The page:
The other day I found an old zip lock bag that I had forgotten about in my closet. Inside this quart sized storage bag were an assortment of various knickknacks and accessories my grandmother gave me in 2006 that once belonged to my late grandfather, who had passed away earlier that year from a stroke. My grandmother had cleared out some of the smaller items my grandfather collected over the years, and I gladly accepted these mementos as a reminder of his memory.
Into the storage bag I stuffed various ties, tie clips, a few rings, and one or two nail grooming kits he had kept around his dresser. Now, I don’t dress up very often, so I kept these items in the bag for many years, never having the opportunity to use them. Because of this, the bag was regulated to a bin on the top of a shelf in my closet and out of my memory for some time.
The other day my wife decided to reorganize the closet and eliminate the years of clutter to make space for some of her things. I found the bag sitting on our bed, waiting for me to rummage through it and get rid of the things I’d never use. By now I had made peace with my grandfather’s passing, so I didn’t feel guilty putting some of the uglier ties in the give away pile.
As I dug around the bag, amongst the heavier, metallic items I found an old pocketknife. I pulled the knife out and examined it. There was nothing overly special about the knife, but since it once belonged to my grandpa, I had an instant attachment to it. The body had a black, wooden cover with bumps and grooves along it, and on the side hid two blades one could pull out and use for various cutting purposes. The blades themselves had dulled from time, but not useless.
Growing up, I never owned a pocketknife, unlike most of the boys I knew. Granted, I didn’t have a need for one, but I remember looking at theirs with a twinge of envy. The first pocketknife I ever owned and used was a groomsman gift I received a few years ago. As much as I love that one, as soon as I found my grandfather’s, I knew I had to put it to use.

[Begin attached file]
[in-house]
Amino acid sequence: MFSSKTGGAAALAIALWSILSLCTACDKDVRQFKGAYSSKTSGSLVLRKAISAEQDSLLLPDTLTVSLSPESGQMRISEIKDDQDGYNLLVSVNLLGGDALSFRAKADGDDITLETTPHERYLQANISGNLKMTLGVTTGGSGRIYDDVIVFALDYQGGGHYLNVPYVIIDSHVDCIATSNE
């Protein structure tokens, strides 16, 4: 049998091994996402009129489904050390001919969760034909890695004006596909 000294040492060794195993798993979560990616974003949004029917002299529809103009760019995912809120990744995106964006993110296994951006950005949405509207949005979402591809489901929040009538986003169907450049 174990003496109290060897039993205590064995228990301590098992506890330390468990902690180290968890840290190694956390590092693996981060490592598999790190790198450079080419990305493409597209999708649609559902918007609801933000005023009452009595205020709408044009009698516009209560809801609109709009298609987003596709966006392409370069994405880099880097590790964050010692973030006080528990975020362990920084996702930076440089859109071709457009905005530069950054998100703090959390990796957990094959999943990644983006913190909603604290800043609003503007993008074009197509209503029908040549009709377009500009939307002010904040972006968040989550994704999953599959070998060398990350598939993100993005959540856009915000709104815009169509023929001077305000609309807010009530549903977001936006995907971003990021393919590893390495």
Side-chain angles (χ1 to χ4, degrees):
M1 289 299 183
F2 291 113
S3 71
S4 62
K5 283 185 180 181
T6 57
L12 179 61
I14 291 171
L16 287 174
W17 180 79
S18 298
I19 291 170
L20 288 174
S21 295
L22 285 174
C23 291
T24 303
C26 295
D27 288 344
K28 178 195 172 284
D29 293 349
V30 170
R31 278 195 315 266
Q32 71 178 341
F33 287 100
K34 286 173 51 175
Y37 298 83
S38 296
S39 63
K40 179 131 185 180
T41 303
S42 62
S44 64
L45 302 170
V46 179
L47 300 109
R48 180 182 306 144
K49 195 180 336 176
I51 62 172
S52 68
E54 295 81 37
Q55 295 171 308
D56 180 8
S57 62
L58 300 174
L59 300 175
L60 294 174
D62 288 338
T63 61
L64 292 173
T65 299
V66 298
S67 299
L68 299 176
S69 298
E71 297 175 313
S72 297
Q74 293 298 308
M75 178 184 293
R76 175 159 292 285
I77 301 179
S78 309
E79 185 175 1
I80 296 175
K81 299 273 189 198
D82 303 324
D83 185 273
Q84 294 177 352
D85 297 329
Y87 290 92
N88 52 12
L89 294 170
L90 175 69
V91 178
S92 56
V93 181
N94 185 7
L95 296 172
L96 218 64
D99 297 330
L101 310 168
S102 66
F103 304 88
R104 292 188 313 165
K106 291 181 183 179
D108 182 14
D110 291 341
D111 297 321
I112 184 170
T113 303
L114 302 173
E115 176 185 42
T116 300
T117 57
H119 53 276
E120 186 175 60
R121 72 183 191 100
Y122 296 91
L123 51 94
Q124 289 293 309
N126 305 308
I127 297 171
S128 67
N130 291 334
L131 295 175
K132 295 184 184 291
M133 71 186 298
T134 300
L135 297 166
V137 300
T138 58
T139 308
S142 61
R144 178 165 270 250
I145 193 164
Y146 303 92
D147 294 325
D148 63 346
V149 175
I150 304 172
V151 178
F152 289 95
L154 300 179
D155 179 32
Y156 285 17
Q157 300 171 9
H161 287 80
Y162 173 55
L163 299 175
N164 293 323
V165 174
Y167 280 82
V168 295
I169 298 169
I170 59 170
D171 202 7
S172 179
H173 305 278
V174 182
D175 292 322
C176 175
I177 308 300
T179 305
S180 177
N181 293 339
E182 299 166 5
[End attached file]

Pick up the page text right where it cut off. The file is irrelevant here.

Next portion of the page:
I own quite a few tins of pipe tobacco that are in cake and plug form, and lately I’ve been wanting to pick up a knife for the sole purpose of cutting them into flakes, making them much more manageable to rub into my pipes. I knew as soon as I found the old pocketknife that this was my solution.
Taking a tin of C&D’s Kajun Kake, which was a mess to break apart and rub out, I placed the cake on its side and began cutting off a flake. Though dull, the blade made a nice flake right down the edge, and was the perfect size for my billiard. At once, I knew my new find was what I had been looking for all this time.
Why bring this up in my first proper post? Well, my grandfather was never a smoker in his entire life, and not a single member of my extended family smokes a pipe. While some pipe smokers have cherished memories of a pipe smoker in the family, I never had those wonderful memories. The only times I recall seeing pipe smokers growing up were chance encounters when going about town. As I cut my cake tobacco in a flake, I wondered if my grandfather would approve of me using it in this way.
I came to the conclusion that, while he may not have been happy for me to use his knife for this purpose, at least I’m using it in some fashion. Every time I pull out the knife, my mind will come back to him, and the lasting impact he had on my life. He was a good man, worked hard for his family, and worked hard with his hands. When I use it, I honor his memory and think of him, and everything he did for me.
So, thank you grandpa, thank you for being a good man in my life, and a strong influence in my upbringing. I can only hope my grandchildren will think of me in the same way I think of you.
Till next time, happy lunting to you!